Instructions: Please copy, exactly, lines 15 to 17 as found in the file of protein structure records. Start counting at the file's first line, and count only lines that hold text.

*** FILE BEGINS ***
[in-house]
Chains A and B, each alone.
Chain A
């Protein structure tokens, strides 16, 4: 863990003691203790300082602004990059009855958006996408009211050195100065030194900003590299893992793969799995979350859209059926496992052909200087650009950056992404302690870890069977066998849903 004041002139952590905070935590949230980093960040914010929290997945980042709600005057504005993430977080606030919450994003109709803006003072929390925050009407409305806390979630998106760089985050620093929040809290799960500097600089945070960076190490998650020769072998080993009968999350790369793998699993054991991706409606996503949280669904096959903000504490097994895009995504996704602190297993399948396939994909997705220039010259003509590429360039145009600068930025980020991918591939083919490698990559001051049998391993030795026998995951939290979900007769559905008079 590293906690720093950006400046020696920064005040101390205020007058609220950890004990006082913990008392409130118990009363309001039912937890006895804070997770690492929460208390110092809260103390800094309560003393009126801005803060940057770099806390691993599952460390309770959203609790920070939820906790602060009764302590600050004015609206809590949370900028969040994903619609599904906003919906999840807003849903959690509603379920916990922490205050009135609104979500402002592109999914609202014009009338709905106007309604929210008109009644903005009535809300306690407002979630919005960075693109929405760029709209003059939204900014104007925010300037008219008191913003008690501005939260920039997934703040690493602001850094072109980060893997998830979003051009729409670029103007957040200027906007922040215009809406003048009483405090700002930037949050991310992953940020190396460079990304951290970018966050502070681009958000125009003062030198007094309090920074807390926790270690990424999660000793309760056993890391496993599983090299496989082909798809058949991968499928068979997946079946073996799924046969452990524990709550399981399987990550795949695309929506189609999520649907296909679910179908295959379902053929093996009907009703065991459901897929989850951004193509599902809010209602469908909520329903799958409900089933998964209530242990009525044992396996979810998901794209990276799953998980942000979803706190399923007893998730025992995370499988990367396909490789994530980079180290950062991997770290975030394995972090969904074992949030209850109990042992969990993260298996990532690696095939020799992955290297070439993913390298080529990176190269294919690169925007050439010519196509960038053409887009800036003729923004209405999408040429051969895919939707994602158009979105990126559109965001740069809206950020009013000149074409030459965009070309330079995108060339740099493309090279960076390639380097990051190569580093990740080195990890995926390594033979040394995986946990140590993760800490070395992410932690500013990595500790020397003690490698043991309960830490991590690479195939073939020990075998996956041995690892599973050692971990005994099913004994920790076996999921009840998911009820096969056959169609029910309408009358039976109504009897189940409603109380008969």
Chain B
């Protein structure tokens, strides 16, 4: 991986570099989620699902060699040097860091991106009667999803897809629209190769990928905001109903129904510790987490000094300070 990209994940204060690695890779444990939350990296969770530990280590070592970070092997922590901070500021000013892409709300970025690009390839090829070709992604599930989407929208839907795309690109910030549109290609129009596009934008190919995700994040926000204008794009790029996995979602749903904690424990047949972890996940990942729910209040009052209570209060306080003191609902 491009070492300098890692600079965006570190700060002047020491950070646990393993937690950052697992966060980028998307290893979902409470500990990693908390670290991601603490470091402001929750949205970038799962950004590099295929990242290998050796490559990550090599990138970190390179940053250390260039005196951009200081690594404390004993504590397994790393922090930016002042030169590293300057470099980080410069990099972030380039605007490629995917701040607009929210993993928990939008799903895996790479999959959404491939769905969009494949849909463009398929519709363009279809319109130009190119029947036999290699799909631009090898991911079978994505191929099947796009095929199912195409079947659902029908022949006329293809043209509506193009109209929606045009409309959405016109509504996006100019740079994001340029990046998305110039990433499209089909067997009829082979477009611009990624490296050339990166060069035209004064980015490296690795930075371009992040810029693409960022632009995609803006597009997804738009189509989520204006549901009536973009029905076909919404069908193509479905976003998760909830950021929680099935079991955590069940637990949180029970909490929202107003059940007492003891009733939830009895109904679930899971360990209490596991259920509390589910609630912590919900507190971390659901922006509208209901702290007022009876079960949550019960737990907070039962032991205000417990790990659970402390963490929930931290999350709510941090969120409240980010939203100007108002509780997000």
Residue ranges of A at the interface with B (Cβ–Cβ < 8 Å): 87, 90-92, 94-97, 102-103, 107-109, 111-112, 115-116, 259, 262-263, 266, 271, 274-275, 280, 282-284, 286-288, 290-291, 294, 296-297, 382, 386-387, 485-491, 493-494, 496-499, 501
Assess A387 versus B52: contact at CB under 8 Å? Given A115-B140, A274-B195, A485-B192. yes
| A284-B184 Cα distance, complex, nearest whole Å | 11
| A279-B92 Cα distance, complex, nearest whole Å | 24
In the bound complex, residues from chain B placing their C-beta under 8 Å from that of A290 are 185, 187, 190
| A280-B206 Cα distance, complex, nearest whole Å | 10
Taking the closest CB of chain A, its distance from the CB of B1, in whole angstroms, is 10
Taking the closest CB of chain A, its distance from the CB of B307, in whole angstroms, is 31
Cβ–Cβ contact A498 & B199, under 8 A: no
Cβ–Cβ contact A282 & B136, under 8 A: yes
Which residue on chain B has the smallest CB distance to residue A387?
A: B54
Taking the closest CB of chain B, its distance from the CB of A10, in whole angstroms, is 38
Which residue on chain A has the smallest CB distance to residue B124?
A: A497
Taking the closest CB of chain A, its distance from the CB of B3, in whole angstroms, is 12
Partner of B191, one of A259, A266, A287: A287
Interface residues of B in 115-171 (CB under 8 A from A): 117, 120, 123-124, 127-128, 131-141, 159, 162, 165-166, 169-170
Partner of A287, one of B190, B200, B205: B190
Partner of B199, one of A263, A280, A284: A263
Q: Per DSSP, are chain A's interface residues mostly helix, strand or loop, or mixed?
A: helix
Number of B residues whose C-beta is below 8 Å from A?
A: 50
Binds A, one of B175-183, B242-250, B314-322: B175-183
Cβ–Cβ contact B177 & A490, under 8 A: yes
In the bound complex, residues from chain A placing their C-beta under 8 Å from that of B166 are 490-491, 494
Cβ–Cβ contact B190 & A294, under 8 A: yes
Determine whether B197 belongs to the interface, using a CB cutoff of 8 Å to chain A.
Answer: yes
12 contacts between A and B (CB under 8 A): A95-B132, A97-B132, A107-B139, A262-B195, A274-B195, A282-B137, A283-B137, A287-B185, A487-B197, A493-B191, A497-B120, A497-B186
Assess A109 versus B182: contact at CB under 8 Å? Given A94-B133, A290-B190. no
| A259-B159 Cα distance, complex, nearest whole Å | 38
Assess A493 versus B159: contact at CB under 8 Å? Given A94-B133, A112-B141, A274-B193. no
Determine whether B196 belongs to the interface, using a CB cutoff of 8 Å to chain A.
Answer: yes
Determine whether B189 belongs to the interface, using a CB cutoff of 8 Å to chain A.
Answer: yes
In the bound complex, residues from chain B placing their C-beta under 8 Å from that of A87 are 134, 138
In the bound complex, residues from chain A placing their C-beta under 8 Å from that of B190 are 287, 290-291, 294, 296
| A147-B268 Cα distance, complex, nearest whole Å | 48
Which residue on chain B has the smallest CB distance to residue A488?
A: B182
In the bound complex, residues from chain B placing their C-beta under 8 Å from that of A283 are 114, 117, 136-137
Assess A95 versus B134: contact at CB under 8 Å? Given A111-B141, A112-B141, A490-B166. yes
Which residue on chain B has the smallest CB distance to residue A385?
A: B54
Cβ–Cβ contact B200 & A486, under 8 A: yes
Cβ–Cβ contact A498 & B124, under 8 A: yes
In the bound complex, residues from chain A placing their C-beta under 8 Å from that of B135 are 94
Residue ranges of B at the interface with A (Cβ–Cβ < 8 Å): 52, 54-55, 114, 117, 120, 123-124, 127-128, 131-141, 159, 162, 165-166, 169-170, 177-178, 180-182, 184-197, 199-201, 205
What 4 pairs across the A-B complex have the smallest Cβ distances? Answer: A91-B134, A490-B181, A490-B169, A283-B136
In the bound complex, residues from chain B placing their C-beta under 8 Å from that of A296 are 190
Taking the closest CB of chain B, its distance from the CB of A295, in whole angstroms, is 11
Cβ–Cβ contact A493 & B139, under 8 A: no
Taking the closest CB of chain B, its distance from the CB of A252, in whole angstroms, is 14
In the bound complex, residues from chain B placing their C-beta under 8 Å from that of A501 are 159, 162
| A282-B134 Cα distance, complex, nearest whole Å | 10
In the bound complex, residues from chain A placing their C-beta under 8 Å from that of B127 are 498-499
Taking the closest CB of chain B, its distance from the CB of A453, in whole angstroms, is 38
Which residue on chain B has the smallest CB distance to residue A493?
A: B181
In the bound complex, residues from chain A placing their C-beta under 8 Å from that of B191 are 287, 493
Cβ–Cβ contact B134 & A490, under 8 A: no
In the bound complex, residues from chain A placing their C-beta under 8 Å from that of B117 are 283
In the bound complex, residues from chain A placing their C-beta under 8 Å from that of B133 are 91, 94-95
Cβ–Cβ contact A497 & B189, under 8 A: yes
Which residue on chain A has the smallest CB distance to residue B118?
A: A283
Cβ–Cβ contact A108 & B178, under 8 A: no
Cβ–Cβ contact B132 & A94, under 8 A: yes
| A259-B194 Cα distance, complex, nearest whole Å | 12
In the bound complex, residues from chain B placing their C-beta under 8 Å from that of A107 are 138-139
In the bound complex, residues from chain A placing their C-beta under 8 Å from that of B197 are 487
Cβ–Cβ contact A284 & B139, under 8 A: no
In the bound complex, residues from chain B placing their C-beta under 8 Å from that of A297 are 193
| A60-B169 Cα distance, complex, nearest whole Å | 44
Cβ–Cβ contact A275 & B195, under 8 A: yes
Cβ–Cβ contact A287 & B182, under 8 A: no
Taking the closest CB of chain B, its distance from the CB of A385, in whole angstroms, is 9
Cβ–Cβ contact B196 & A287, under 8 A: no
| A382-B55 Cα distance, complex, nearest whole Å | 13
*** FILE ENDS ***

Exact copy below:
Cβ–Cβ contact A498 & B199, under 8 A: no
Cβ–Cβ contact A282 & B136, under 8 A: yes
Which residue on chain B has the smallest CB distance to residue A387?